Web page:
Do you have something to report to the City? Perhaps it's an illegally parked car on your street, or a huge pothole around the corner, or you may want to compliment a City employee for a job well done! Well, the good news is that it’s very easy!
Work to repair the Rideau Canal walls between Bank Street and Pig Island along the eastern shoreline began in December 2016 and has been progressing on schedule. After a work platform was installed along the site, the contractor began the demolition work associated with this project—removing the old guard rails and chipping away damaged concrete from both the face and top of the wall.
During the week of February 20th 2017, reinforcements and form work began to be put in place to ready the site for the new concrete. The concrete will begin to be poured and placed in early March. The project to repair this section of the Rideau Canal Walls in downtown Ottawa is on schedule to be completed by Spring 2017. The in water work should be completed by April with the shoreline and trail work to follow.
Those wanting to access the canal skateway from the stairs at Echo Drive/Avenue Road have been facing an obstacle, namely the stairway closure including concrete barriers at the bottom of the stairs prohibiting easy crossing of Colonel By Drive.
There is a promise to fix this — an update from Ian Grabina from the office of Councillor David Chernushenko:
Two new pedestrian crossovers, the first project completed in Ottawa under the Government of Canada’s Public Transit Infrastructure Fund (PTIF), opened December 22, 2016 along the Queen Elizabeth Driveway.
The pedestrian crossovers are located on the west side of the Bank Street Bridge (east of Queen Elizabeth Place) and mid-block at Commissioners Park. Pedestrian crossovers were installed city-wide earlier this year along low-speed, low-volume roads.
On the last day of November 2016, as scheduled, Main Street again became a two-way route after almost two years of reconstruction. But it sure looks different and works differently than when construction started back in 2015.
More work will be done over the next few weeks and almost all of the construction will be done until the spring.
Summer weather means there is an increase in road construction, as well as different types of road users like cyclists, motorcyclists, and pedestrians out on our local streets.
Safer Roads Ottawa partners want to remind drivers that, by law, cyclists can take the full lane when a vehicle is unable to pass without leaving at least one (1) metre of space between the car and the cyclist.
Cyclists can take the whole lane when traffic signs stipulate single file for both cyclists and cars. Everyone should take extra care in construction zones as there may be extra hazards present for both motorists and cyclists. Slow down, leave space and plan for enough time to reach your destination.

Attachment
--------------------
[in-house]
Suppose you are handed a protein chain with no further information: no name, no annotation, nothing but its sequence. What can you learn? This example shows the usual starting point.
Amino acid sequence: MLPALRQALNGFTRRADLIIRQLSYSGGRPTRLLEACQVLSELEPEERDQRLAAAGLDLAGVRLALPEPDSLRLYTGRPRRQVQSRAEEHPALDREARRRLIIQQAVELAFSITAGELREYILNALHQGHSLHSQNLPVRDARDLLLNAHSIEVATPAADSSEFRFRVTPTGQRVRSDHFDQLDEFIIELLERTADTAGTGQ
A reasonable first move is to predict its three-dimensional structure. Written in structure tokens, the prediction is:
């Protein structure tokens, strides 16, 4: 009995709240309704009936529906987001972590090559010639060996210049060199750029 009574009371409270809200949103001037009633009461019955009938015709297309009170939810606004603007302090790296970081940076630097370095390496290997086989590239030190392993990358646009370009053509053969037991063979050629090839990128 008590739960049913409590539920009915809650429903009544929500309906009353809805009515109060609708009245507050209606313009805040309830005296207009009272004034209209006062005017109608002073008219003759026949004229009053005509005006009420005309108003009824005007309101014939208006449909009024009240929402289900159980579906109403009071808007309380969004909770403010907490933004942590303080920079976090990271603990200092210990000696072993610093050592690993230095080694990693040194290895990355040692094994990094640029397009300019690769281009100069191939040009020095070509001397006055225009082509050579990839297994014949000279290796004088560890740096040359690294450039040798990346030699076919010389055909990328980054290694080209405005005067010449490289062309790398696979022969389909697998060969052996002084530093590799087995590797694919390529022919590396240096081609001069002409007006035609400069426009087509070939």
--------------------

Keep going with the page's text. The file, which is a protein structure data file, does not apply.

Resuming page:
After some feedback from both the OSCA Traffic & Safety Committee and the community regarding speeds, the City of Ottawa will be implemented flex-staked traffic calming on Aylmer Avenue from Barton Street west to Bronson Place. For specifics of the plan, please see this map of the street.
This summer major sidewalk modifications are coming to the intersection of Cameron and Riverdale Avenue. New corner bulb-outs to improve pedestrian safety and to emphasize stop signs at this busy crossing are part of the Riverdale & Area Traffic Study initiated in 2013.
The Riverdale Study (approved in two stages in 2014 & 2015) also recommended three speed humps: two on Riverdale (one between Windsor & Belmont and the other between Cameron & Bank) and one on Sunnyside Avenue, east of Bank near St. Margaret Mary’s Church. These three speed humps are also expected in the next few months.
The OSCA Traffic and Safety Committee has been representing Old Ottawa South at the Lansdowne Transportation Monitoring and Operations Committee (LTMOC) for a little over two years. Each spring LTMOC presents its Annual Report to the Transportation Committee at City Hall. The community groups and associations participating at LTMOC meetings also develop community reports and these are included with LTMOC’s Annual Report.
When LTMOC’s Annual Report is presented to the City’s Transportation Committee, the communities also have an opportunity to present in person their summations of the year’s activities and to respond to questions from the Transportation Committee.
Early in March, OSCA’s 2016 Community Report was submitted to LTMOC and can be read in its entirety here at www.oldottawasouth.ca.